Amendment 1 could lock in $1.8B commercial property tax hike
Statewide commercial property tax extensions are on pace to total $11.3 billion by 2026. Amendment 1’s expansion of government union power would likely accelerate that $1.8 billion increase.
It won’t just be households who pay higher property tax bills if voters OK Amendment 1: property taxes on commercial real estate have been increasing even faster.
If property tax increases continue at their recent rate, commercial property owners will shell out an additional $1.8 billion in annual property taxes by 2026, with the bulk of the increase – $1.6 billion – occurring in Cook County.
Statewide, commercial property tax extensions can be expected to hit a total of $11.3 billion during the next four years. The figure is estimated to be $7.9 billion in Cook County.
For individual commercial properties across Cook County, property tax hikes will vary widely by region. Commercial properties on the South Side of Chicago could pay an estimated additional $10,179 in property taxes by 2026. Properties in central Chicago could pay nearly $100,000 in higher property taxes during the next four years.
The increase in property taxes could wind up being much worse if Amendment 1 is passed on Nov. 8. The measure at the top of the ballot would allow government unions to make demands outside the normal scope of bargaining, strike if their demands are not met, thwart simple, pro-taxpayer reforms, crowd out government services for special interest causes and exacerbate corruption in Illinois.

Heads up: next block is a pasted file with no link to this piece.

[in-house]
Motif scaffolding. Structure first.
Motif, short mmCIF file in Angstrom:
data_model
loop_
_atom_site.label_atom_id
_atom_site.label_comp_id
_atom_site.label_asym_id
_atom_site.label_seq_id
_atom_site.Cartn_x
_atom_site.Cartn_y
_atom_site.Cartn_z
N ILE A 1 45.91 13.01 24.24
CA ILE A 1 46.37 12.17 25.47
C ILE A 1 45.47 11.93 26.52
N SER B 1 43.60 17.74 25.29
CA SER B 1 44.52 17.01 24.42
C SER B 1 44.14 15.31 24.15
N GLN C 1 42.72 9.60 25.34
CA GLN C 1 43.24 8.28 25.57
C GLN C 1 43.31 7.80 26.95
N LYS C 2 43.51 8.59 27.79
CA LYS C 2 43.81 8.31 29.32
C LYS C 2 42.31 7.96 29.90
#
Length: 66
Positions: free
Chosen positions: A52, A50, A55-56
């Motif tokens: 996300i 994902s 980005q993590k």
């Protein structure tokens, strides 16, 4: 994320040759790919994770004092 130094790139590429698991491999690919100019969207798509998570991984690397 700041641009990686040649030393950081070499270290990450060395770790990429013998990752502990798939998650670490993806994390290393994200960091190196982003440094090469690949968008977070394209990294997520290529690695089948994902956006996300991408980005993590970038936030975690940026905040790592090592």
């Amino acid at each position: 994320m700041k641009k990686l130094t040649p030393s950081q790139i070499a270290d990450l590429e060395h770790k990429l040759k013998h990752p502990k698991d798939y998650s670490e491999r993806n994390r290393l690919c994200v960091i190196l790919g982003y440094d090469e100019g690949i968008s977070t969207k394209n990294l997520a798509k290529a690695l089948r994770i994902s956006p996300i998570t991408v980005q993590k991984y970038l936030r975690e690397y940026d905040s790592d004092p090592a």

Amendment 1 is a referendum on taxes in Illinois more than anything else. If property taxes simply continue to rise at their historical rates, businesses across the state will be asked to pay $1.8 billion in higher property taxes annually by 2026. Should government union bosses exercise new powers granted through Amendment 1, the tax hike on Illinoisans could wind up being far more costly.
That endless loop of unlimited union demands, higher government costs and rising taxes is likely why no other state has a similar amendment.
Illinois businesses already face challenges from a looming unemployment tax hike, property tax hikes, the nation’s third-highest number of regulations and the potential for a recession. Its business tax climate ranking dropped 10 places in five years as neighboring states rose or held steady. Amendment 1 could make a bad business climate worse.
The proposal threatens to hurt homeowners as well. Property taxes have been rising for decades in Illinois and without significant property tax or pension reform, property taxes can be expected to continue to rise. Currently, property taxes are on pace to rise by $2,149 for the typical homeowner during the next four years. Again, empowering government unions to make greater demands would likely accelerate those tax hikes.
Illinois voters have a decision to make before Nov. 8: either they can vote to fund the never-ending demands of government union bosses, or they can send a message by saying “no” to more tax increases in Illinois.